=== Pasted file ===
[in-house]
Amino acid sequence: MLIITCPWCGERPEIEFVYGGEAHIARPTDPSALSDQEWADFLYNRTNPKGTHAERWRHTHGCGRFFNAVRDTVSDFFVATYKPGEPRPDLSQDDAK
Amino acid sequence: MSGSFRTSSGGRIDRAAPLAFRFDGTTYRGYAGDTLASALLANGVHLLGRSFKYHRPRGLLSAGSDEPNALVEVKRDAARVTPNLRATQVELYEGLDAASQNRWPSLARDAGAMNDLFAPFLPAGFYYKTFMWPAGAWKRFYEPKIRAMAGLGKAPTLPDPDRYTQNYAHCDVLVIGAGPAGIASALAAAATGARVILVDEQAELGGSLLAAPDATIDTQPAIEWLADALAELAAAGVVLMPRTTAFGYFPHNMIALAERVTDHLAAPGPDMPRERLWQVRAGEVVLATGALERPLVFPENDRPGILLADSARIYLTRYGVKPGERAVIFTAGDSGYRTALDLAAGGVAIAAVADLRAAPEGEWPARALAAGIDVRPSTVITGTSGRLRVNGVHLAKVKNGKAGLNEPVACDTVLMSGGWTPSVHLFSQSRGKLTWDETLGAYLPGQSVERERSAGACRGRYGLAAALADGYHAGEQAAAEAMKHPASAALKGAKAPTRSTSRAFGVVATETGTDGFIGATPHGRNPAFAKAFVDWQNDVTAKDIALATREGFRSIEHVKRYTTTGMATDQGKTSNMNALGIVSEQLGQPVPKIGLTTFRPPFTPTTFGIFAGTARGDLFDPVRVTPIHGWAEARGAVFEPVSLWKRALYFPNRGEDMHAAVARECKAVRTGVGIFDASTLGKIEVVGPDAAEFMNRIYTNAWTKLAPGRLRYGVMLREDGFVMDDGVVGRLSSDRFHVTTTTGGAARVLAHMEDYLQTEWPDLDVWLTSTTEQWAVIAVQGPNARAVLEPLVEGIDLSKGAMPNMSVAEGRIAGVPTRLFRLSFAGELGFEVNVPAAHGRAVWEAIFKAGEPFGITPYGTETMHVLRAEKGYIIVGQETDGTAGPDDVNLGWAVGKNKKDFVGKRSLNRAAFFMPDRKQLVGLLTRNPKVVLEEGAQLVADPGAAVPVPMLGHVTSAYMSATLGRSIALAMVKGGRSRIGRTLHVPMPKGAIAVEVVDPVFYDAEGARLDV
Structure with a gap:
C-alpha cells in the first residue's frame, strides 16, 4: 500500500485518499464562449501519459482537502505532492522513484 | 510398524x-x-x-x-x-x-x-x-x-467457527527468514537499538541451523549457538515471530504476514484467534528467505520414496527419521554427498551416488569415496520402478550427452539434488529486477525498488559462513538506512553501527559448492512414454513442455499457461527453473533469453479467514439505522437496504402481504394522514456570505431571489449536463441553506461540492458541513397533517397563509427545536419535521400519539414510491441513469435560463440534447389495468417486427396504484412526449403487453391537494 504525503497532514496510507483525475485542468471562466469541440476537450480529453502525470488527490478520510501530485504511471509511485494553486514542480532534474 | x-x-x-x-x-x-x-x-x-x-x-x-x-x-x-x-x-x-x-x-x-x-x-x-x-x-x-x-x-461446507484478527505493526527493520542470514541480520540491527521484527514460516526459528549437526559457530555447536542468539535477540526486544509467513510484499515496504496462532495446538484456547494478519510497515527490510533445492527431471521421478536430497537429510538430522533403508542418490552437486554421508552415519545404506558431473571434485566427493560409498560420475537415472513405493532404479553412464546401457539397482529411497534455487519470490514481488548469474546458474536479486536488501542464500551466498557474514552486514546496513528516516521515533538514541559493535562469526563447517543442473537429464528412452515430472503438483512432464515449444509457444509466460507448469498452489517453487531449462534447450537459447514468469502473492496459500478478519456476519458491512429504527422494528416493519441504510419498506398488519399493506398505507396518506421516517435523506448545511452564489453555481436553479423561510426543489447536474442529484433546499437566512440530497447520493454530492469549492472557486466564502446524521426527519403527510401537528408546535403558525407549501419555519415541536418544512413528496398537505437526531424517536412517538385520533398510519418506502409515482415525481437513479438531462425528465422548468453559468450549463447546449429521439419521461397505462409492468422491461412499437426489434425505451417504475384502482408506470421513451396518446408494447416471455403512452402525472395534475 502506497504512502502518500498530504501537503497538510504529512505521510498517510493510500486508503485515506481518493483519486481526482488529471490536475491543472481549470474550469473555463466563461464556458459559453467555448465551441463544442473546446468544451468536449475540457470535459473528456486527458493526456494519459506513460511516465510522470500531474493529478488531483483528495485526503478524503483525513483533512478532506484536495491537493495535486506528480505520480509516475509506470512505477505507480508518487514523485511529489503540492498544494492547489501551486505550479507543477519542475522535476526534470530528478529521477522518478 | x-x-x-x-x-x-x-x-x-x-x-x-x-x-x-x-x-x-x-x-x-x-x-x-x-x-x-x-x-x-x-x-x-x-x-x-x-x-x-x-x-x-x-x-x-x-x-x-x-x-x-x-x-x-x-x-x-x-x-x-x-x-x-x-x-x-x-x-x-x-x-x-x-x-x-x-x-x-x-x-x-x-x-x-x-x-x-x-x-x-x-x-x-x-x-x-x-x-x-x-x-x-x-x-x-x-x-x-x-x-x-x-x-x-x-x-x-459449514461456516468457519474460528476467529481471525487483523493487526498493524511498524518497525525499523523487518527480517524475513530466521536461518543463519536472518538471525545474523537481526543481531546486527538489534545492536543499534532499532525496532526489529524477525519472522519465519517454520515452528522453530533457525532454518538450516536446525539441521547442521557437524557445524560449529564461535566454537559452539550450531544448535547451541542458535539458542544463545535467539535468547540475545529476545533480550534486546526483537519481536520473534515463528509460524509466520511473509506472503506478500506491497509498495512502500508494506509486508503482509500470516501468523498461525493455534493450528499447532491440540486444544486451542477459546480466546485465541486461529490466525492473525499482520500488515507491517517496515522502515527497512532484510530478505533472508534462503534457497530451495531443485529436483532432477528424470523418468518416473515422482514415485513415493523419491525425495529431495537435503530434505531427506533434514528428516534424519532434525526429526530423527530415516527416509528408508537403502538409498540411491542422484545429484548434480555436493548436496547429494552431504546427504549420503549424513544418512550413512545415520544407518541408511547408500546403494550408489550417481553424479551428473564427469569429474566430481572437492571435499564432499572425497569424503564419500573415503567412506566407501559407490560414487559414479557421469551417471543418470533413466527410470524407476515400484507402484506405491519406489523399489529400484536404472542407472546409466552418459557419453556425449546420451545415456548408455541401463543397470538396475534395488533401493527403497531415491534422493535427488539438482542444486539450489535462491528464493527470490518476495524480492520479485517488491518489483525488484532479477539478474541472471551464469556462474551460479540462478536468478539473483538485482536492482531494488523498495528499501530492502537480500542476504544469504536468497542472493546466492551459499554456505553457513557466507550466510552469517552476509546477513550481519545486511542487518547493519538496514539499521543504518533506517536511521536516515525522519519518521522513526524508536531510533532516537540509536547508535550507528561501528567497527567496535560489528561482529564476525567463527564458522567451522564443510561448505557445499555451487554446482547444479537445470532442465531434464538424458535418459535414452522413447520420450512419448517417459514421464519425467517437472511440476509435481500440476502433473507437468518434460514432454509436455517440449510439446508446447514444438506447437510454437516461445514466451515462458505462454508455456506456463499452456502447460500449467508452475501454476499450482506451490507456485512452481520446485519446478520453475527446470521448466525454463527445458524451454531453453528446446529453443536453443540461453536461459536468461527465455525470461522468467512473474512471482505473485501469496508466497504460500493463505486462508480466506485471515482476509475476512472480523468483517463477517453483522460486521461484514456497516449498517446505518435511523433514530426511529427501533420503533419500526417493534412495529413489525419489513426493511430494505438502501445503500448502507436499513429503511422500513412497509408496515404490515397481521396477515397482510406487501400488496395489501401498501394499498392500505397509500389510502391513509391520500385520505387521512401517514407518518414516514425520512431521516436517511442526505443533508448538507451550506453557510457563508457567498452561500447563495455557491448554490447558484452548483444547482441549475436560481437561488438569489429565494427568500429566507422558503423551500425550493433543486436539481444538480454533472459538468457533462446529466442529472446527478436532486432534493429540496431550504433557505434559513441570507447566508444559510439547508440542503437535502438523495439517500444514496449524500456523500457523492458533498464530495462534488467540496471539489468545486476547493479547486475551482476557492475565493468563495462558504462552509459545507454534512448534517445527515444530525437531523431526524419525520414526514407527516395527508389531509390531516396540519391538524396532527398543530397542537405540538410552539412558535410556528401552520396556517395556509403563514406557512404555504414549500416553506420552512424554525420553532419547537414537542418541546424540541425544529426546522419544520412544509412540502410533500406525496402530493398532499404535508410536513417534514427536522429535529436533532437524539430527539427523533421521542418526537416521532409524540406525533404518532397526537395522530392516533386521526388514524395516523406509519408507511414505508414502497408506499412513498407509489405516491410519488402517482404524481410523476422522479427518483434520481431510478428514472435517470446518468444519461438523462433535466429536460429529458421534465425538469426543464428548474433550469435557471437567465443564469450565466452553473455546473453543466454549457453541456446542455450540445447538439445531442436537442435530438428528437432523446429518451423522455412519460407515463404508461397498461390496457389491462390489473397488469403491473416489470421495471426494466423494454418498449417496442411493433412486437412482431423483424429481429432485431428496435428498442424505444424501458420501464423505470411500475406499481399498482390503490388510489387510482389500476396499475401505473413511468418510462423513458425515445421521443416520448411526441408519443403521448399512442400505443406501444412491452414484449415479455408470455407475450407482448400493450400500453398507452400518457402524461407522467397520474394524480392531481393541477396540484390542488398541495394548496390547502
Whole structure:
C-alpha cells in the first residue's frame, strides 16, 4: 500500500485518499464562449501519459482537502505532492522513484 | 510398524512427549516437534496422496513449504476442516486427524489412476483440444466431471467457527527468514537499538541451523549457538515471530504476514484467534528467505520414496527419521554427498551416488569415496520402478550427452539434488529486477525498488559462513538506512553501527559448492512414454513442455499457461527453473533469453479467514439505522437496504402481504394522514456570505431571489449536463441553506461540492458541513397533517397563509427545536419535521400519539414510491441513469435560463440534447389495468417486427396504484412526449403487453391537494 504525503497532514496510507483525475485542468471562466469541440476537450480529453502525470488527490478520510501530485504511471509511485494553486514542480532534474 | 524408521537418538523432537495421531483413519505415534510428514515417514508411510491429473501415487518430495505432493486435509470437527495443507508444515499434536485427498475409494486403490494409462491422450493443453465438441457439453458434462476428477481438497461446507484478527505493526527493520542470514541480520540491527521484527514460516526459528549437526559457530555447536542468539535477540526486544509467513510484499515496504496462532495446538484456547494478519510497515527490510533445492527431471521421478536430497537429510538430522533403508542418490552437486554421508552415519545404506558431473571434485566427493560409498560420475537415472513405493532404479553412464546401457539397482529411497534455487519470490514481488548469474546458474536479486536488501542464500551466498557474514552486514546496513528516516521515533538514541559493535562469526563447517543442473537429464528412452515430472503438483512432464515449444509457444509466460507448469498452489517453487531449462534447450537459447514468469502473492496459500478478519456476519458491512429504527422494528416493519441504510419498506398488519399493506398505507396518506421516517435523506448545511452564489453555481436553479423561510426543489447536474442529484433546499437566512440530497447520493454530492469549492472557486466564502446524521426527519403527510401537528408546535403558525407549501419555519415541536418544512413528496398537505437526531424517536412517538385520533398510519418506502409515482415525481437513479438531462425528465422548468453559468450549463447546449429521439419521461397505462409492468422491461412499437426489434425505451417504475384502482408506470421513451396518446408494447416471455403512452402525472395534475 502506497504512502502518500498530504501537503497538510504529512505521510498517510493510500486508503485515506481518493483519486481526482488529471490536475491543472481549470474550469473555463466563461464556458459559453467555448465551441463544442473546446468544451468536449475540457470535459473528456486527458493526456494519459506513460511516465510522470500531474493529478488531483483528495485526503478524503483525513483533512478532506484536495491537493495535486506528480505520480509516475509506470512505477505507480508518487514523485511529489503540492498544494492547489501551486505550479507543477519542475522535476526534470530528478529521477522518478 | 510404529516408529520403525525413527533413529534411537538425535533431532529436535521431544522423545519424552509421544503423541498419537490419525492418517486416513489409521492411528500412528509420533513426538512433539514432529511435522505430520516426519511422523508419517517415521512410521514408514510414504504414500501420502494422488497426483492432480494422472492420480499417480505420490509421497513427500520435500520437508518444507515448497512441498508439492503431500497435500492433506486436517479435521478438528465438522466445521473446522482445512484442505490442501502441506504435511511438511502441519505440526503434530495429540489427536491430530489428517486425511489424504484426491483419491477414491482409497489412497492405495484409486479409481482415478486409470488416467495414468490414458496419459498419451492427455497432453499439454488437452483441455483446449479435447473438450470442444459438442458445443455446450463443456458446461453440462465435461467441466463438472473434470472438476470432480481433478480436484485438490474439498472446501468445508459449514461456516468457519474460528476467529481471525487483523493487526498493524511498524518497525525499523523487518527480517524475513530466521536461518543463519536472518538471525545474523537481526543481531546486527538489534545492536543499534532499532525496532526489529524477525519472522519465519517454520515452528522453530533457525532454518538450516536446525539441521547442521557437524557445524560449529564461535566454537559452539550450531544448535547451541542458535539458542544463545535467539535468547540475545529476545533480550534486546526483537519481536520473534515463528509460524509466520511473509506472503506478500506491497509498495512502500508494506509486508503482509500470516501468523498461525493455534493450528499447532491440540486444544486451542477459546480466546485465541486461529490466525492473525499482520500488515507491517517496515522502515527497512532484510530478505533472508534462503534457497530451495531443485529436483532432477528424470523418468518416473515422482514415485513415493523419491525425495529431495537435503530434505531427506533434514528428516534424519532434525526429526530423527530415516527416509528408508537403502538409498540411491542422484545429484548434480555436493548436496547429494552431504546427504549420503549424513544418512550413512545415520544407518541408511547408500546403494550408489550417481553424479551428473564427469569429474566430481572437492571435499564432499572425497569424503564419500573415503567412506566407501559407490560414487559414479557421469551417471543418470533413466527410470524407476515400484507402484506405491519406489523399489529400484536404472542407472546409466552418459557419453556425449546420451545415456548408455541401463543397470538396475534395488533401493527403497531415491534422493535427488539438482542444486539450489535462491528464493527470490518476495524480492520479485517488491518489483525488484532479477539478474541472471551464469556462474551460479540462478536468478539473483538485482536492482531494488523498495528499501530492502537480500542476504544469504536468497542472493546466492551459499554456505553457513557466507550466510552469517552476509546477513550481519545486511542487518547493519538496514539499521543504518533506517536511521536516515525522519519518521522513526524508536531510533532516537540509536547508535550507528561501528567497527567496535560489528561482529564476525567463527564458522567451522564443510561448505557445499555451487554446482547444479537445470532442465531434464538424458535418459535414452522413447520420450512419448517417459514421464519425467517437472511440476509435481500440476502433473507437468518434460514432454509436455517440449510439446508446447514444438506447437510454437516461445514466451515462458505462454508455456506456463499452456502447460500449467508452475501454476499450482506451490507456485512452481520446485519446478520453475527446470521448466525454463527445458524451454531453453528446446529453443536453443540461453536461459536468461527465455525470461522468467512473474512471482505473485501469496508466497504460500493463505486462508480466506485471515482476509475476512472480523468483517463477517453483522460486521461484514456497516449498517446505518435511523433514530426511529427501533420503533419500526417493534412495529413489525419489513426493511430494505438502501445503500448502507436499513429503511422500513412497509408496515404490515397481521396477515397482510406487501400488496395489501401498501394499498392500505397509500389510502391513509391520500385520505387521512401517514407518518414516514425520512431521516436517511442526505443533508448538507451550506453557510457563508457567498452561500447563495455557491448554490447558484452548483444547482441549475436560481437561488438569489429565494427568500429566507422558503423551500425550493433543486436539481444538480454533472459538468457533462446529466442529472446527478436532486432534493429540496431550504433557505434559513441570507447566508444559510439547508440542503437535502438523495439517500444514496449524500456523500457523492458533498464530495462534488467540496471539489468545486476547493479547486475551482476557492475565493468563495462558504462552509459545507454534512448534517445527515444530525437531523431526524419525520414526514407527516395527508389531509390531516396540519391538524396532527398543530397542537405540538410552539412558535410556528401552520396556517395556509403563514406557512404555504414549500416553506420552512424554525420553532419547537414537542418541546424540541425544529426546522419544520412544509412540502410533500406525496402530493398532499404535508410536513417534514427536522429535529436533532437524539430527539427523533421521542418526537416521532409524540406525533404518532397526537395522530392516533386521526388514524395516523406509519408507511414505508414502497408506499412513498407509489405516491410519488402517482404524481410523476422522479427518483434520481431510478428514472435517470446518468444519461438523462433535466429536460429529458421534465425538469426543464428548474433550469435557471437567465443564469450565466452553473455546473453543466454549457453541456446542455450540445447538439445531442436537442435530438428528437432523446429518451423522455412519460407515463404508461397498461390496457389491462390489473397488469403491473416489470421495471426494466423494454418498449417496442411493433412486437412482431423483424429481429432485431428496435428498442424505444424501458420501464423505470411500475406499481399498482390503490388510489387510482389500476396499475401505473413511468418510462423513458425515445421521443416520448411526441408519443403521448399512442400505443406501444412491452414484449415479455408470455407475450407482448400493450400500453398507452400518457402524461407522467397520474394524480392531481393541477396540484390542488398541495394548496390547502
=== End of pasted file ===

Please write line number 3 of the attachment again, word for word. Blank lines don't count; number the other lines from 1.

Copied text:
Amino acid sequence: MSGSFRTSSGGRIDRAAPLAFRFDGTTYRGYAGDTLASALLANGVHLLGRSFKYHRPRGLLSAGSDEPNALVEVKRDAARVTPNLRATQVELYEGLDAASQNRWPSLARDAGAMNDLFAPFLPAGFYYKTFMWPAGAWKRFYEPKIRAMAGLGKAPTLPDPDRYTQNYAHCDVLVIGAGPAGIASALAAAATGARVILVDEQAELGGSLLAAPDATIDTQPAIEWLADALAELAAAGVVLMPRTTAFGYFPHNMIALAERVTDHLAAPGPDMPRERLWQVRAGEVVLATGALERPLVFPENDRPGILLADSARIYLTRYGVKPGERAVIFTAGDSGYRTALDLAAGGVAIAAVADLRAAPEGEWPARALAAGIDVRPSTVITGTSGRLRVNGVHLAKVKNGKAGLNEPVACDTVLMSGGWTPSVHLFSQSRGKLTWDETLGAYLPGQSVERERSAGACRGRYGLAAALADGYHAGEQAAAEAMKHPASAALKGAKAPTRSTSRAFGVVATETGTDGFIGATPHGRNPAFAKAFVDWQNDVTAKDIALATREGFRSIEHVKRYTTTGMATDQGKTSNMNALGIVSEQLGQPVPKIGLTTFRPPFTPTTFGIFAGTARGDLFDPVRVTPIHGWAEARGAVFEPVSLWKRALYFPNRGEDMHAAVARECKAVRTGVGIFDASTLGKIEVVGPDAAEFMNRIYTNAWTKLAPGRLRYGVMLREDGFVMDDGVVGRLSSDRFHVTTTTGGAARVLAHMEDYLQTEWPDLDVWLTSTTEQWAVIAVQGPNARAVLEPLVEGIDLSKGAMPNMSVAEGRIAGVPTRLFRLSFAGELGFEVNVPAAHGRAVWEAIFKAGEPFGITPYGTETMHVLRAEKGYIIVGQETDGTAGPDDVNLGWAVGKNKKDFVGKRSLNRAAFFMPDRKQLVGLLTRNPKVVLEEGAQLVADPGAAVPVPMLGHVTSAYMSATLGRSIALAMVKGGRSRIGRTLHVPMPKGAIAVEVVDPVFYDAEGARLDV